In this embodiment, the frequency range of digital data recorded on the film is from 2 Hz to 24,000 Hz. Typical embodiments of the inventive reader apparatus will be designed to support an output frequency range of at least 20 Hz to 20,000 Hz.
Boundaries of at least 0.001 inches will typically be provided between the edge of each digital soundtrack area and its neighbor (an edge of the analog soundtrack, the picture area, or a sprocket hole). This enables the inventive reading apparatus to avoid undesirable "buzz" which can occur if the means for reading the analog track encounters the digital audio data, and uneven digital data quality which can result if the digital soundtrack reading means is subject to noise from neighboring areas.
In a class of embodiments, the invention employs three independent detector arrays to read the recorded digital data: one for each of the "A," "B," and "C" soundtrack areas.
Specific columns of both the "A" area and the "B" area will typically contain recorded clocking and tracking bits. FIG. 4 shows three such columns of clocking and tracking bits, which are recorded alongside digital audio data 39 (representing audio data within the "A" area or the "B" area).
The clocking bits in columns 44 and 45 of FIG. 4 are sometimes referred to as a "clocking track," and have a differential, alternating bit pattern. This bit pattern provides periodically spaced event transitions, each from a black (unexposed) film area to a white (exposed) film area, which give a physical reference to the location and occurrence time of each row of digital audio data bits.
All the bit areas of the outermost column of soundtrack area "A" or "B" (represented by column 46 in FIG. 4) are exposed to light during the recording process. Thus, this column (sometimes referred to herein as a "guide track") defines a smooth edge of exposed film (referred to herein as a "tracking edge") which contrasts with adjacent region 47 of unexposed film.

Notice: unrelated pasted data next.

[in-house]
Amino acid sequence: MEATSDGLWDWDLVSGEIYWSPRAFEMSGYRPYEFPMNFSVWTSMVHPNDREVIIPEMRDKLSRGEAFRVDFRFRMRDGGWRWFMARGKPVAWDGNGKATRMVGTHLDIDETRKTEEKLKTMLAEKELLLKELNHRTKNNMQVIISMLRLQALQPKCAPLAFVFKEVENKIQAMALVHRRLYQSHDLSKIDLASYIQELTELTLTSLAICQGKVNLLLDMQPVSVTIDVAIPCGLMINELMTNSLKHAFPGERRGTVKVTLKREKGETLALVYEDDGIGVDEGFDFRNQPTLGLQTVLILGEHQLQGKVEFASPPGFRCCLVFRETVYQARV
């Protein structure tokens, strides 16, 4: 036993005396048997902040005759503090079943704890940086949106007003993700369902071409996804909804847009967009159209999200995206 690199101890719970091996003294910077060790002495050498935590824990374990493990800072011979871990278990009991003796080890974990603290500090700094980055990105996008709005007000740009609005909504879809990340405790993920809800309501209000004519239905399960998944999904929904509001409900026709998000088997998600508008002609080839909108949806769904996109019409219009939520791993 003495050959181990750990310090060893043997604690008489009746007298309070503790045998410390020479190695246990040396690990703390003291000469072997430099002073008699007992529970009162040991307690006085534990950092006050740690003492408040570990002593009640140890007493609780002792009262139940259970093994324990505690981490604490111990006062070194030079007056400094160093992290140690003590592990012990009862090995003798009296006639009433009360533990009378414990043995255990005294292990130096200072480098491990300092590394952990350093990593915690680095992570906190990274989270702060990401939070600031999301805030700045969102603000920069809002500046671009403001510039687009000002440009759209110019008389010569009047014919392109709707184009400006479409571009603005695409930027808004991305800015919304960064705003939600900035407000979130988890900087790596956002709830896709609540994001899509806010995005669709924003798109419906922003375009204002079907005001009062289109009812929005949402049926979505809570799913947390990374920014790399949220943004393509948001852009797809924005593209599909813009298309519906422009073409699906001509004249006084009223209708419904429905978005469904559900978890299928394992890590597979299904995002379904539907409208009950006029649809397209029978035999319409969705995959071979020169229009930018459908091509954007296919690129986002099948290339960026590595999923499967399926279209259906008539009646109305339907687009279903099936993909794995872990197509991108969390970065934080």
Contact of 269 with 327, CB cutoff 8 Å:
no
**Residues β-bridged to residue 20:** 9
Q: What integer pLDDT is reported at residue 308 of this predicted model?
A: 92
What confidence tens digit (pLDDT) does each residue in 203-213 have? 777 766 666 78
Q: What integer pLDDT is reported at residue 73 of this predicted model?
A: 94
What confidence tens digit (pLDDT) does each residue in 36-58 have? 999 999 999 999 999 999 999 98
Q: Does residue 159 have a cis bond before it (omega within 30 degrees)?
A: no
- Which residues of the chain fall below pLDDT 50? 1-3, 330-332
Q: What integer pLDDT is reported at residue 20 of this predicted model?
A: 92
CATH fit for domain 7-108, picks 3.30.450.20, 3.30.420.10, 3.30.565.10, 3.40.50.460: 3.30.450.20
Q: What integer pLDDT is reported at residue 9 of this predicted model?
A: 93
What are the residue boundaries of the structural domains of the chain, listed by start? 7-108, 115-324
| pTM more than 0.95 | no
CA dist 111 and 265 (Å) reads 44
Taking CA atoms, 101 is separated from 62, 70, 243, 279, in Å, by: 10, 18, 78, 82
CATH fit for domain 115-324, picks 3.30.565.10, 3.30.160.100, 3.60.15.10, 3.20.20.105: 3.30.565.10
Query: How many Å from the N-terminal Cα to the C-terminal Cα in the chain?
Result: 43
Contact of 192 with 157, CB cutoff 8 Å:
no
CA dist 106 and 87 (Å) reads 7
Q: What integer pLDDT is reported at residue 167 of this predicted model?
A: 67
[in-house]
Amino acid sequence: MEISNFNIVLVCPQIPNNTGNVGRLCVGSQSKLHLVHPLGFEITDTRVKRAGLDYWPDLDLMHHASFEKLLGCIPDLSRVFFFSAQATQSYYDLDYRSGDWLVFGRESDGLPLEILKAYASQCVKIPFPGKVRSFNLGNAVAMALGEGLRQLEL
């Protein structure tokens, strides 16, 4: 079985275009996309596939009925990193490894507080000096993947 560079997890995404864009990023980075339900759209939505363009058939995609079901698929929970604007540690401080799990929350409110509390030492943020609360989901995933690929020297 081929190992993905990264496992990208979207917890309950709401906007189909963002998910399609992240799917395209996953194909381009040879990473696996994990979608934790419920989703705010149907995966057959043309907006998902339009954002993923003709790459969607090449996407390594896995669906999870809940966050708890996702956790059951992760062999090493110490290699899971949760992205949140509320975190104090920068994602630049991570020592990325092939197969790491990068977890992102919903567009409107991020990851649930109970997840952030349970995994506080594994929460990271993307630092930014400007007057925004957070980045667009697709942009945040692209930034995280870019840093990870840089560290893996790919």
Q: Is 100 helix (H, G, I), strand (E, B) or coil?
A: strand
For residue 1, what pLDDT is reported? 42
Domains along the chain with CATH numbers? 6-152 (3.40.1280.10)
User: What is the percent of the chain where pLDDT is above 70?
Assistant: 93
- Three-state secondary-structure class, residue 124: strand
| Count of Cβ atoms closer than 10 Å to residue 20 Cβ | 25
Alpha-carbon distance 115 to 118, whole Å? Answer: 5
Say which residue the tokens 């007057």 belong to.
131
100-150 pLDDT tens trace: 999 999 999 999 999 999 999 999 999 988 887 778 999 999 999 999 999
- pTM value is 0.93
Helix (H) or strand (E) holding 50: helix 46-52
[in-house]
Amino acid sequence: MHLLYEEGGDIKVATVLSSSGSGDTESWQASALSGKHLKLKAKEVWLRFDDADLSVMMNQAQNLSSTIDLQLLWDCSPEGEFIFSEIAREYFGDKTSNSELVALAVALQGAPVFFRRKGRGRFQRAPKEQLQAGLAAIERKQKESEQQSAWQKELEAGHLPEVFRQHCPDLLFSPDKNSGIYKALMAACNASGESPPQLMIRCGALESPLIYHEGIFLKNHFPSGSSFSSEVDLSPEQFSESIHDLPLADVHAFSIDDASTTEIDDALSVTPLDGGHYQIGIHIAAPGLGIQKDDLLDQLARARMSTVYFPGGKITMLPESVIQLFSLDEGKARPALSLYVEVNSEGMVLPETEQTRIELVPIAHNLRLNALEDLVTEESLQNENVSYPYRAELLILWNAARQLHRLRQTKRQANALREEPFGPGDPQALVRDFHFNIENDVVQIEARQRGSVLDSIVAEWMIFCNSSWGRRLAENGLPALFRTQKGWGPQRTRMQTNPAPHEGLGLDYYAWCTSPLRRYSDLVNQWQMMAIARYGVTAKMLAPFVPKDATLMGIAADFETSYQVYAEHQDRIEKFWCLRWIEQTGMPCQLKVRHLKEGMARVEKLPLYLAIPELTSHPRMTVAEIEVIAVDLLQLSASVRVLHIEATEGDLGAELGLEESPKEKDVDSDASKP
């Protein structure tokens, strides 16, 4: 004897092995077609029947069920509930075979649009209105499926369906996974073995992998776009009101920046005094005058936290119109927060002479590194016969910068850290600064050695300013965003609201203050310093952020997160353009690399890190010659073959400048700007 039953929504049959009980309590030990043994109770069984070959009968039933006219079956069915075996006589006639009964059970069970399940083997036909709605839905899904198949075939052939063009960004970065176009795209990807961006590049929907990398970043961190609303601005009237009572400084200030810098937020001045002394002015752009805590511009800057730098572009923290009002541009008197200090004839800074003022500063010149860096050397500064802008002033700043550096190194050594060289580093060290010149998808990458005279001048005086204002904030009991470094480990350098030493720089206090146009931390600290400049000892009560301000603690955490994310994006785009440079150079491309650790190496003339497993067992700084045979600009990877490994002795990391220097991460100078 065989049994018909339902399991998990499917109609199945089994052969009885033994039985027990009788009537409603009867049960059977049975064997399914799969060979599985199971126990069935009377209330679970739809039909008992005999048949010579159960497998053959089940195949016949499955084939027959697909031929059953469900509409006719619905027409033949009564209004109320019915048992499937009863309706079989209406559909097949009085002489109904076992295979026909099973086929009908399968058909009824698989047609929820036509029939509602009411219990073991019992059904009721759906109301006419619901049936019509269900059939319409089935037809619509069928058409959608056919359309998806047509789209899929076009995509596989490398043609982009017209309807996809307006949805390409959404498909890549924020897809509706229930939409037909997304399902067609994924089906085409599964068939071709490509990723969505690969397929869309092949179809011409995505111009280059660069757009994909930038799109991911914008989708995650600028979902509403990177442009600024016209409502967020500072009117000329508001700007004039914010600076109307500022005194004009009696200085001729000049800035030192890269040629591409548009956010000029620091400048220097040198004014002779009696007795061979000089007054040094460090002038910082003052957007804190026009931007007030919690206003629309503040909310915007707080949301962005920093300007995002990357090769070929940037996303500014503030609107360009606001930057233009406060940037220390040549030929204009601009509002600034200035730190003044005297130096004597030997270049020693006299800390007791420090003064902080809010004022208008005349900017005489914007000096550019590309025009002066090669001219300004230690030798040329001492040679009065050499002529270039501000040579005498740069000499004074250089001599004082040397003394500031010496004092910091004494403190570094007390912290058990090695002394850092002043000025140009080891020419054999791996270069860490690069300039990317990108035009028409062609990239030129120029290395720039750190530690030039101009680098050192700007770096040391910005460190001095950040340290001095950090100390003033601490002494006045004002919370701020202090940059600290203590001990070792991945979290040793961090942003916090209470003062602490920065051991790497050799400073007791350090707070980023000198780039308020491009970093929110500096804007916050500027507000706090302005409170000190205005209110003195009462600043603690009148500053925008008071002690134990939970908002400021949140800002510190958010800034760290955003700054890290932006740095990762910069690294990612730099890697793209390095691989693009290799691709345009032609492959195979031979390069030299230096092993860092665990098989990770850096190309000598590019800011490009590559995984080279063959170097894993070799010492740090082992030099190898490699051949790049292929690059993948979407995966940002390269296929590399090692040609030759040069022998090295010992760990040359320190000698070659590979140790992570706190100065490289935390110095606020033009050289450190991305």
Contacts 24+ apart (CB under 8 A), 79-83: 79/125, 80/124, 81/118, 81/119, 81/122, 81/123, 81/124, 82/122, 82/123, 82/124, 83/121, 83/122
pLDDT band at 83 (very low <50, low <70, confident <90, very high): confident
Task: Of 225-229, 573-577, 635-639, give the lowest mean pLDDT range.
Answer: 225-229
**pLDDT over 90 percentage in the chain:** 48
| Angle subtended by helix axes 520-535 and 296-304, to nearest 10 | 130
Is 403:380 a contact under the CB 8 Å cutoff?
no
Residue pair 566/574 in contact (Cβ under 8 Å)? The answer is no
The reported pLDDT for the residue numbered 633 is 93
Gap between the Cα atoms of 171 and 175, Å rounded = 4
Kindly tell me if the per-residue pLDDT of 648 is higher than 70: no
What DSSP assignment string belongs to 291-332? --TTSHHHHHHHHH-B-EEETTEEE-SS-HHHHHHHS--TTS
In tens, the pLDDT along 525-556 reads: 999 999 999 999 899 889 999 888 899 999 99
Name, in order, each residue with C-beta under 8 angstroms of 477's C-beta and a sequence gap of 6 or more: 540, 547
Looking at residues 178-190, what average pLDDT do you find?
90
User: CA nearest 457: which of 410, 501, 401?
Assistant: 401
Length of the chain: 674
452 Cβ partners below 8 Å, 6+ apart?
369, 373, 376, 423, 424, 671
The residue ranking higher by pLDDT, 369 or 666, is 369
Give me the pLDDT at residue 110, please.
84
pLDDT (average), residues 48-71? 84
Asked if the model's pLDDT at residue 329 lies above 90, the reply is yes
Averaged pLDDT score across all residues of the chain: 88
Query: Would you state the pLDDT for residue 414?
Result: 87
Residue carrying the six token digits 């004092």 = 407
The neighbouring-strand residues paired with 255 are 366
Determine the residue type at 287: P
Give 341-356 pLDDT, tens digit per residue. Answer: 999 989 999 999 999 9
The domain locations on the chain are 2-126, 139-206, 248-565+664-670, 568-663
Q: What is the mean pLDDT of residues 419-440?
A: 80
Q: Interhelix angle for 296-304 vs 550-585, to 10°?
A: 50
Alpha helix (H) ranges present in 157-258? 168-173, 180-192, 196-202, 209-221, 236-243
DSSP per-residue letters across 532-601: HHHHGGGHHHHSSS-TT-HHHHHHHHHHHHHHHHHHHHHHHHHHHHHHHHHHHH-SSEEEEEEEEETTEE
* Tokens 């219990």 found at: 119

Signals from a pair of detectors (of detector array 70, 72, or 74 of FIG. 10) positioned to receive radiation from bit areas straddling the expected location of the tracking edge are processed within processor 24 while the film translates past the detectors, together with clocking signals (from other detectors) representing detected clocking track edges. As a result of processing such detected bits, the expected total tracking error in reading the recorded digital audio bits using the inventive apparatus should be no more than about 1 micron. If tracking is lost, for example upon encountering a film splice, it is expected that recovery of tracking can be accomplished within five clock cycles.
An important aspect of the invention is the reading and processing of error detection and correction code ("error code") recorded with the digital audio bits, to perform error detection and correction as part of the operation of reading the recorded bits. Error detection and correction is desirable to compensate for original defects in new "theater ready" prints, film wear, contamination by dust or the like, and film splicing.
In one class of embodiments, error detection and correction code (such as Reed-Solomon error code) is recorded photographically on the film with one or more blocks of the digital audio data. Examples of such blocks of data include the first data block recorded in subset 50 (shown in FIG. 5) of soundtrack area "A," and the second data block recorded in subset 52 (shown in FIG. 5) of soundtrack areas "B" and "C." A first set of Reed-Solomon error detection and correction code ("error code") is recorded with the first block of data within subset 50, and a second set of Reed-Solomon error code is recorded with the second block of data within subset 52 (typically, neither digital audio data nor error code is recorded within the analog soundtrack area between areas "B" and "C"). At the time the recorded first and second blocks of data are read, processor 24 processes the first set of error code to identify errors occurring in the first block (and optionally to determine an error rate for the first block), and the second set of error code to identify errors occurring in the second block (and optionally to determine an error rate for the second block).